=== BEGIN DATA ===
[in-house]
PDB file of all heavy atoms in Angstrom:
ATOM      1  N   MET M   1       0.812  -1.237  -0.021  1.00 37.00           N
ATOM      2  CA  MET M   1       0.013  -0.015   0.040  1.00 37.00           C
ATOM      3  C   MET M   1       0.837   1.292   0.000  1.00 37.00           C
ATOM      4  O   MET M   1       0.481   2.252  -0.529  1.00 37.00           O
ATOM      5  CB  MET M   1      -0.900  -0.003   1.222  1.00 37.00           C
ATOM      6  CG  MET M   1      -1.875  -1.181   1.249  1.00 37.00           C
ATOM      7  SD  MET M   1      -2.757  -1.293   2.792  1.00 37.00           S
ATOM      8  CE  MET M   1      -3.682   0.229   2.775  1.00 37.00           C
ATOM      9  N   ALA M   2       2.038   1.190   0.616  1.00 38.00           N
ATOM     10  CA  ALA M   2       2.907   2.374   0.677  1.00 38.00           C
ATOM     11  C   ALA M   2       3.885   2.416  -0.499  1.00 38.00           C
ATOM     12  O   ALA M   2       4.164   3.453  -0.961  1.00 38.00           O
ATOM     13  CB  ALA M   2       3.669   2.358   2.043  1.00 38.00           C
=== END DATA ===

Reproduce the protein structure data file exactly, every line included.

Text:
[in-house]
PDB file of all heavy atoms in Angstrom:
ATOM      1  N   MET M   1       0.812  -1.237  -0.021  1.00 37.00           N
ATOM      2  CA  MET M   1       0.013  -0.015   0.040  1.00 37.00           C
ATOM      3  C   MET M   1       0.837   1.292   0.000  1.00 37.00           C
ATOM      4  O   MET M   1       0.481   2.252  -0.529  1.00 37.00           O
ATOM      5  CB  MET M   1      -0.900  -0.003   1.222  1.00 37.00           C
ATOM      6  CG  MET M   1      -1.875  -1.181   1.249  1.00 37.00           C
ATOM      7  SD  MET M   1      -2.757  -1.293   2.792  1.00 37.00           S
ATOM      8  CE  MET M   1      -3.682   0.229   2.775  1.00 37.00           C
ATOM      9  N   ALA M   2       2.038   1.190   0.616  1.00 38.00           N
ATOM     10  CA  ALA M   2       2.907   2.374   0.677  1.00 38.00           C
ATOM     11  C   ALA M   2       3.885   2.416  -0.499  1.00 38.00           C
ATOM     12  O   ALA M   2       4.164   3.453  -0.961  1.00 38.00           O
ATOM     13  CB  ALA M   2       3.669   2.358   2.043  1.00 38.00           C